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Instead of me having to create a new case for each colour I decide to add, is there an alternative to using a switch statement with strings from an array as the cases? Here is my code!

public static String[][] colours = { { "red", "933" },
        { "lblue", "359770" }, { "blue", "428770" },
        { "orange", "461770" }, { "pink", "123770" } };

public static void changeColour(String col, Player player) { // changeColour("red", player);
    switch (col) {
    case "red":
        player.setColour(Integer.parseInt(colours[0][1]));
        break;
    case "lblue":
        player.setColour(Integer.parseInt(colours[1][1]));
        break;
    case "blue":
        player.setColour(Integer.parseInt(colours[2][1]));
        break;
    case "orange":
        player.setColour(Integer.parseInt(colours[3][1]));
        break;
    case "pink":
        player.setColour(Integer.parseInt(colours[4][1]));
        break;
    }
}
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Possible duplicate of stackoverflow.com/questions/338206/… –  Alexandros Feb 4 at 20:45
    
@Alexandros imho, the question is not about switch for strings, but how to map one string to another (or to a number) –  Andreas Feb 4 at 20:47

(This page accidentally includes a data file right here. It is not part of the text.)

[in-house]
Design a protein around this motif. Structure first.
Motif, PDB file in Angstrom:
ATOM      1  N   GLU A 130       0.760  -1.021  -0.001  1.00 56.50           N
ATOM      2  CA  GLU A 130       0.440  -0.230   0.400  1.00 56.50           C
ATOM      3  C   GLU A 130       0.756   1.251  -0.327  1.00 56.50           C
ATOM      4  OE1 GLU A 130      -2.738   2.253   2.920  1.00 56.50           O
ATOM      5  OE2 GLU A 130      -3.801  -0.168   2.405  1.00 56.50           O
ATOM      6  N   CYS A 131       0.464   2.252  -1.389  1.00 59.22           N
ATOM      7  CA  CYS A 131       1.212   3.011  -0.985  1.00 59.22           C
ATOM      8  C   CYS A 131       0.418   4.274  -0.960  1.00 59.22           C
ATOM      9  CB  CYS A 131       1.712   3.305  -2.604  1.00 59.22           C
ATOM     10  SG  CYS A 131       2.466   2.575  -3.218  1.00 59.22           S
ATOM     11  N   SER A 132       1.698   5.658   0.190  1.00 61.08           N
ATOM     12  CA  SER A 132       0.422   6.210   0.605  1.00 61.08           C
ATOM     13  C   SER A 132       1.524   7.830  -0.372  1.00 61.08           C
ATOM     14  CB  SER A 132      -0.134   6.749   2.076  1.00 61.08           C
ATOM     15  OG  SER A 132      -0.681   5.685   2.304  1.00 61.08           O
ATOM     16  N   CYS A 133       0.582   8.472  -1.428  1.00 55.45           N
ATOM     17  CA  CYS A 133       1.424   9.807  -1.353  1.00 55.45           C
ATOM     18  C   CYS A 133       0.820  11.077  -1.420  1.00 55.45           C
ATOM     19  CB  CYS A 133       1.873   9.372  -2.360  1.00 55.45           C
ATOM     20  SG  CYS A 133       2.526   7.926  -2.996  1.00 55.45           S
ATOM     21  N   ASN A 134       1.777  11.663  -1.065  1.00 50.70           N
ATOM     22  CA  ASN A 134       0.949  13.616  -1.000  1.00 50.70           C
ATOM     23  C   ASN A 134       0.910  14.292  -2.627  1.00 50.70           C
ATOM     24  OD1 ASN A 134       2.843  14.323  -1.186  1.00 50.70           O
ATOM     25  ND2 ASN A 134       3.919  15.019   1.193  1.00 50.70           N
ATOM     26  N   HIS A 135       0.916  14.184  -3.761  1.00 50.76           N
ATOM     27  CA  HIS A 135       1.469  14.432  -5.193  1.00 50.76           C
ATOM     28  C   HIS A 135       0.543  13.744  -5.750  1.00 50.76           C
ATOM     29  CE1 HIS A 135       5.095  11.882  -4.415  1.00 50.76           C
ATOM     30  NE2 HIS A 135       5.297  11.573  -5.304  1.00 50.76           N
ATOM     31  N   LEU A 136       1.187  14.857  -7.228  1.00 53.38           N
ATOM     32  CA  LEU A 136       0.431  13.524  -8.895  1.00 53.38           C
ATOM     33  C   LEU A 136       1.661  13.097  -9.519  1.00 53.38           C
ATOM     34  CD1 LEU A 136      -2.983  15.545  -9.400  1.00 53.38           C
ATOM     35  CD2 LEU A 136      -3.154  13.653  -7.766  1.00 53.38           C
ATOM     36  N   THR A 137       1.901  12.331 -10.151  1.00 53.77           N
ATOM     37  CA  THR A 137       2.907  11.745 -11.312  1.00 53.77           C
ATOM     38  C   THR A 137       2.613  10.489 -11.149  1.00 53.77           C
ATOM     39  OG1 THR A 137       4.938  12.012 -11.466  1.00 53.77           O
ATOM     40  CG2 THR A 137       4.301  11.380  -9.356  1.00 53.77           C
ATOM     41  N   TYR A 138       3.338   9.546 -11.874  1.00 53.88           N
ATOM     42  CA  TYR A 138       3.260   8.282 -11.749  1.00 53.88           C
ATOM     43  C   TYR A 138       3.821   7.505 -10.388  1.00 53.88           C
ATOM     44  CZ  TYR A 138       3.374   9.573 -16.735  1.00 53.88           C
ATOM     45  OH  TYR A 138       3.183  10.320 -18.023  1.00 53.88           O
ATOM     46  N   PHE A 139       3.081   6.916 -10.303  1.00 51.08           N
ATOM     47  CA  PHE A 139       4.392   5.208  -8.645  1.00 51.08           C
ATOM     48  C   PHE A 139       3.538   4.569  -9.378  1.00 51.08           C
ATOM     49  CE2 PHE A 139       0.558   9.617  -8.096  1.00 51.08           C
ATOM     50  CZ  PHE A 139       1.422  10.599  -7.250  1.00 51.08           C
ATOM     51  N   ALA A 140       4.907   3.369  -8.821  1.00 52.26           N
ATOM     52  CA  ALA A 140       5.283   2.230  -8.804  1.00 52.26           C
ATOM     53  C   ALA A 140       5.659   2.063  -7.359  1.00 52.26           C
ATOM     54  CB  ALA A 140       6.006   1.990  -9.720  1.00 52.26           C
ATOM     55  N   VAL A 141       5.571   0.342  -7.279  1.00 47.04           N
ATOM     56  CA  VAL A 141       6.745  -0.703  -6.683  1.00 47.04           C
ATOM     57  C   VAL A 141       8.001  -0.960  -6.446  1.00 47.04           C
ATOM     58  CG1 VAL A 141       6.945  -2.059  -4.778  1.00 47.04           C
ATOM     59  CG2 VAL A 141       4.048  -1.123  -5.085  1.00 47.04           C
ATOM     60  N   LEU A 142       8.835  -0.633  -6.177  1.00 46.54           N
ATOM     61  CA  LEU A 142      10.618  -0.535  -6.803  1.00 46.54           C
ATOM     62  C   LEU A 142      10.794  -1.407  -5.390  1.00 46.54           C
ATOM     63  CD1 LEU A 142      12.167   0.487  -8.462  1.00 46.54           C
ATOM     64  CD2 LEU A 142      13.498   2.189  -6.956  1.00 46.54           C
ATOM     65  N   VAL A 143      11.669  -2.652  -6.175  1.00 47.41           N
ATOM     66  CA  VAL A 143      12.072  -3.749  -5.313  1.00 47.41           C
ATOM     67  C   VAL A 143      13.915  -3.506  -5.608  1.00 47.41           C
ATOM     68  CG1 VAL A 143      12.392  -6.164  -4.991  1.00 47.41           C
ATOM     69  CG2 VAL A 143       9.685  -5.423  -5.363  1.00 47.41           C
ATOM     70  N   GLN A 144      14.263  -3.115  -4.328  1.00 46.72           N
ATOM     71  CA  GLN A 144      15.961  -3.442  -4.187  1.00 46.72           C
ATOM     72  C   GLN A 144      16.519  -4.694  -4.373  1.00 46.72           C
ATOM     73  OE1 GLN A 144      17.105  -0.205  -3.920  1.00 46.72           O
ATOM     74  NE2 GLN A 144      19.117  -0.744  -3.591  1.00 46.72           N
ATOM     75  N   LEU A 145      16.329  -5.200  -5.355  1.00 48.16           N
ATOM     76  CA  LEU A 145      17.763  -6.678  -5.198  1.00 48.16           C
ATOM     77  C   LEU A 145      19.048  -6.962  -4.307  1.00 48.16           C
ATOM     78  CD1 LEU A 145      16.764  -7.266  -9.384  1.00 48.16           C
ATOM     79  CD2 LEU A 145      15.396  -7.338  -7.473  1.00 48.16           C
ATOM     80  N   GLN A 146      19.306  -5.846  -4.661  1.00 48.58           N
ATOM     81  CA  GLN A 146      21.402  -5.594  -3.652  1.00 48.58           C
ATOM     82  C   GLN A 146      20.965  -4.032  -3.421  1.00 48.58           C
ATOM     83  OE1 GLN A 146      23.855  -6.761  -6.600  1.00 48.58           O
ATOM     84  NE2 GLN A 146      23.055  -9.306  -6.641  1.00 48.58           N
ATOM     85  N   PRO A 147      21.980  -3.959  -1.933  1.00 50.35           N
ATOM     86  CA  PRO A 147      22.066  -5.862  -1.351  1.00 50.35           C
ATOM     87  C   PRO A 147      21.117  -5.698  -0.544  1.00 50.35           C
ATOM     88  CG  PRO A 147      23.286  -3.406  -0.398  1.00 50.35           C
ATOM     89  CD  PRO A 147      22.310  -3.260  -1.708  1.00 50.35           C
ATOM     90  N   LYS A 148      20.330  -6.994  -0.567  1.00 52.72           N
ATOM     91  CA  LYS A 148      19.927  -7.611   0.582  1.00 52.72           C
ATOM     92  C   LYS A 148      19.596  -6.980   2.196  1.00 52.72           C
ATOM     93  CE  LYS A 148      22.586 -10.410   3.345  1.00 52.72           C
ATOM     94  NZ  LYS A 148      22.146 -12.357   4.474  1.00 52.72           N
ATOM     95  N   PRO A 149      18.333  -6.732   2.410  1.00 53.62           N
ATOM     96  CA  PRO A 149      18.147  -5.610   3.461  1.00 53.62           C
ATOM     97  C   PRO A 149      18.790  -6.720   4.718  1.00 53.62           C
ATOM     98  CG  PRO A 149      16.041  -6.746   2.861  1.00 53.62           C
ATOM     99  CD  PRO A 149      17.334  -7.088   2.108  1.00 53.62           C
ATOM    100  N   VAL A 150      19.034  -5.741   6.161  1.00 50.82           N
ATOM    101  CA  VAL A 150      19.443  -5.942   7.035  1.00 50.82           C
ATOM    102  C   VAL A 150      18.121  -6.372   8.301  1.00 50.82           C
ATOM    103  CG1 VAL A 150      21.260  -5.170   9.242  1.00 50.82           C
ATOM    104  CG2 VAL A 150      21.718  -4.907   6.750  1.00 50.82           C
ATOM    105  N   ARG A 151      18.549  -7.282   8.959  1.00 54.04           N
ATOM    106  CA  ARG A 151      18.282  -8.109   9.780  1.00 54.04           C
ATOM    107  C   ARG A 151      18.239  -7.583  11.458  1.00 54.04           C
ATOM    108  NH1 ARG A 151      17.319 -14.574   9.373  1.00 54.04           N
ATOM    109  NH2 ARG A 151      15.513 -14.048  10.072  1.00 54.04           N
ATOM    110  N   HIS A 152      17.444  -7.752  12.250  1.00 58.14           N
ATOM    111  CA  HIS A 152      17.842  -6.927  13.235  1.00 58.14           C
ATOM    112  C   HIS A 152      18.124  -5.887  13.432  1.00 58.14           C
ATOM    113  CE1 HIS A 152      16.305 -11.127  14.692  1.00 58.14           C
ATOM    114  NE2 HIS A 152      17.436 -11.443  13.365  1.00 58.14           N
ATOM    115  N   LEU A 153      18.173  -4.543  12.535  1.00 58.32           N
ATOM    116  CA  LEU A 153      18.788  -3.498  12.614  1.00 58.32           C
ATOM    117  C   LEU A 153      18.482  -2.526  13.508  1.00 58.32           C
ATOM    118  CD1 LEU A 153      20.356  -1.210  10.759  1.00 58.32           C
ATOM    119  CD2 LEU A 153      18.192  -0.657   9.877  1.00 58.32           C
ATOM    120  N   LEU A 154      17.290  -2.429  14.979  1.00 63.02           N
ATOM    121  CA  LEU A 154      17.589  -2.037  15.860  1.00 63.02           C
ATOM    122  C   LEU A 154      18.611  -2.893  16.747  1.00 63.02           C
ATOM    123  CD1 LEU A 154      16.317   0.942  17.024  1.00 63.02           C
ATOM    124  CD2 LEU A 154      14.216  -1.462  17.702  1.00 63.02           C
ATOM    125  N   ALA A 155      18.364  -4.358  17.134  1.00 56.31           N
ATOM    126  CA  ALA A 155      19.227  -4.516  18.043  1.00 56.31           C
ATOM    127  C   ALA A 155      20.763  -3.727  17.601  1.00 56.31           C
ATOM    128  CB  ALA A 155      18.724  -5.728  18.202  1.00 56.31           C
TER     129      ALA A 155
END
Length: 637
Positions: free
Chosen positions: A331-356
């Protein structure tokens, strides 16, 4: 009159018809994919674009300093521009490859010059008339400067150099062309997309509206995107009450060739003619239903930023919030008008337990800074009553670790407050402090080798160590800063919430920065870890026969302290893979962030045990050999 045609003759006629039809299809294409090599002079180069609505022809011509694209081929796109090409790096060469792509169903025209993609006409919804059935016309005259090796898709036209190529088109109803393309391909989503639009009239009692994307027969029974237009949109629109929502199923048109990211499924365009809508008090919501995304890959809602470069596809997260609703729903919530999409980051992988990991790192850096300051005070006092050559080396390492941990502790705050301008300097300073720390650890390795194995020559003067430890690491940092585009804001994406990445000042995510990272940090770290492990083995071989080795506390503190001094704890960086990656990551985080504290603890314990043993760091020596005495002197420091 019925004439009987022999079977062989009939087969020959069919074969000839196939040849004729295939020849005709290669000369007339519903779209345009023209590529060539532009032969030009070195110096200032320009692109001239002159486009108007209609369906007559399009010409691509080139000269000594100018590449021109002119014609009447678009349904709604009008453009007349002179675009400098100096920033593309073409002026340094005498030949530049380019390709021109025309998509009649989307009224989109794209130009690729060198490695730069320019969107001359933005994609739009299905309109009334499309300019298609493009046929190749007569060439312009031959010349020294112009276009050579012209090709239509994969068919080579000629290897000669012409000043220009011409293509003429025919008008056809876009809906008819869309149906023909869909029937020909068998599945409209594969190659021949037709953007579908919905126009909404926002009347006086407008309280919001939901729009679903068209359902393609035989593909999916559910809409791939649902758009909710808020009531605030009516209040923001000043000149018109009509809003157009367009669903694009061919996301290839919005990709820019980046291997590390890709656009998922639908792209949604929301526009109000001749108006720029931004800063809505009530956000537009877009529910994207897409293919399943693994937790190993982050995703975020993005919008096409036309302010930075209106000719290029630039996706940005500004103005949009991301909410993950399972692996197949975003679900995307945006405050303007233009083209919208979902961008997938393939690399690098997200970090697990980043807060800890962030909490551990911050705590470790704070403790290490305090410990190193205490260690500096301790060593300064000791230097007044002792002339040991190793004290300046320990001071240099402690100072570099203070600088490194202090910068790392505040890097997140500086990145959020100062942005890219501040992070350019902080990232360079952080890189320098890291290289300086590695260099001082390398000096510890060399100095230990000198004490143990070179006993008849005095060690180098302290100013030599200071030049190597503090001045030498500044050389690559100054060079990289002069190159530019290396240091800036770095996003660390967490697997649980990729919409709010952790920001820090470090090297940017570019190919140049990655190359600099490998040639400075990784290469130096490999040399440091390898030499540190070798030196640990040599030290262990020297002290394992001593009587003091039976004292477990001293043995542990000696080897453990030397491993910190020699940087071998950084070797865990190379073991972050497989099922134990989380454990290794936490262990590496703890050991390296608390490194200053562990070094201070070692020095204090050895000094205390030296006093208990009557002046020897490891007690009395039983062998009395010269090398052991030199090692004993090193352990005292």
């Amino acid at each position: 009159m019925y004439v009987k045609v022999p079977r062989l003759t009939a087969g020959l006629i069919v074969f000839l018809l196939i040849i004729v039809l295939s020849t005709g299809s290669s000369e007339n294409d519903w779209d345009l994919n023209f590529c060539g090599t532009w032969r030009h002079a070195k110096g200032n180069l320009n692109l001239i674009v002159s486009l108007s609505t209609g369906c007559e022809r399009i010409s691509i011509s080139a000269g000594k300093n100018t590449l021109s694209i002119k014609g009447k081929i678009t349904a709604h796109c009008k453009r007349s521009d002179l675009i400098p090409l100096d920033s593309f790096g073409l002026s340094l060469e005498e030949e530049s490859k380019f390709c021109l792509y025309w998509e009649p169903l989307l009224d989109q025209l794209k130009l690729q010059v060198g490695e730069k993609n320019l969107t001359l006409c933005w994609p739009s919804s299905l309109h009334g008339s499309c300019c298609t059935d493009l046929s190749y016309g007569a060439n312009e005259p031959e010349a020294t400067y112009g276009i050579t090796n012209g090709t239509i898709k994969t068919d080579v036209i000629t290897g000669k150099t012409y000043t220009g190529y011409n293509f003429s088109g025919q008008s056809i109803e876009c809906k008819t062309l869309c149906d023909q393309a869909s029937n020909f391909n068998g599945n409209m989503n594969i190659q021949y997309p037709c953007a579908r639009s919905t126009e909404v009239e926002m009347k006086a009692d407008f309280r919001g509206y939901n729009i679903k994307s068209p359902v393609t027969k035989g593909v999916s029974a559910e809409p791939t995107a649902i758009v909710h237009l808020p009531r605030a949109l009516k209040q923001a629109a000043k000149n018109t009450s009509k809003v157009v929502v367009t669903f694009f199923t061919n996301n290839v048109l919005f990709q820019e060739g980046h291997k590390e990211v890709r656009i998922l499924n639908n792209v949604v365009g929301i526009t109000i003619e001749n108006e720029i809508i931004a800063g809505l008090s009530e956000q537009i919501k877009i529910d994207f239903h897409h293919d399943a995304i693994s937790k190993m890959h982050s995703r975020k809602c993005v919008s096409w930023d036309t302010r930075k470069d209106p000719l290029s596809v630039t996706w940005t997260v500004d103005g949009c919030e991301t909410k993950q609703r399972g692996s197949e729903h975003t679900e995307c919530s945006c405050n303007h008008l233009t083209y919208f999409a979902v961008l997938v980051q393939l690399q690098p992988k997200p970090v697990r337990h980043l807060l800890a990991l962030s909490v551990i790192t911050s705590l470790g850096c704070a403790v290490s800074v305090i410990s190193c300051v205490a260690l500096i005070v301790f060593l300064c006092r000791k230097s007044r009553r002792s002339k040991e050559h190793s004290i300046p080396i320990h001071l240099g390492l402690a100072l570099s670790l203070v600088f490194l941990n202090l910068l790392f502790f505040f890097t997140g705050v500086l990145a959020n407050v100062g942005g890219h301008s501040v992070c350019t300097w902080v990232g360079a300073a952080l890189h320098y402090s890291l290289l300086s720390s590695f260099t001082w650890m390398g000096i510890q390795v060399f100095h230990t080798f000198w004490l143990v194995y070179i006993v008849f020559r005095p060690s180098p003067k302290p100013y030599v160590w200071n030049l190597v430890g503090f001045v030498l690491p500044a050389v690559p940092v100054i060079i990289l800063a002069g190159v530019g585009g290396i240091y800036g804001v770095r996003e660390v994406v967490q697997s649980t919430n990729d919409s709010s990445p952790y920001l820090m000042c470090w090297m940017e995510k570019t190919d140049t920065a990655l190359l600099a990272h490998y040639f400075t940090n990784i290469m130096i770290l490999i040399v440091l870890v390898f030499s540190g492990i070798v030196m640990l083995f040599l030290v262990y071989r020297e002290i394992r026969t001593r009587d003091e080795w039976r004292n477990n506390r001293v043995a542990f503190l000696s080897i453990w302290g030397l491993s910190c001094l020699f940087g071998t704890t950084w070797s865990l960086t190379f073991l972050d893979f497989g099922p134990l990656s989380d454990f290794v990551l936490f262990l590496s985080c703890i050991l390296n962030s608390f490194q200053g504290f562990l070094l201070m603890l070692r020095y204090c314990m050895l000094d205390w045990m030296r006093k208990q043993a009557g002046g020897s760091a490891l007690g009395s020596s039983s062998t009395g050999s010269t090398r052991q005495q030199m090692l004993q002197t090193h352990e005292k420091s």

4 Answers 4

up vote 6 down vote accepted

Instead of the case why not use a Map instead this way you would just add to the Map and not worry about continuing the case statements for every piece

Map<String, Integer> colorMap = new HashMap<String, Integer>() {{
   put("red", 999);
   put("green", 639);
}};

Then you can just use colorMap.get("red") and it will return you the correct Integer

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another solution is using enum

enum Colour {
   red(933), blue(428770), // etc.
   ;

   int code;
   Colour(int code) {this.code = code;}
   int getCode() {return code;}
}

and rewrite your method as

void changeColour(Colour colour, Player player) {
   player.setColour(colour.getCode());
}
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What you are looking for is a HashMap

Map<String, Integer> map = new HashMap<String, Integer>();

There is no way to use switch without explicitly setting all the cases.

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A Map is a useful option, but you can't use primitives with generics. –  chrylis Feb 4 at 20:58
    
Yes, you are right. I made a mistake, and I correct it now. –  Silvery Feb 4 at 21:18

I assume you want something like this

public static void changeColour(String col, Player player) 
{
    for(int i=0; i<colours.length; i++)
    {
        if(col.equals(colours[i][0]))
            player.setColour(Interger.parseInt(colours[i][1]);
    }
}
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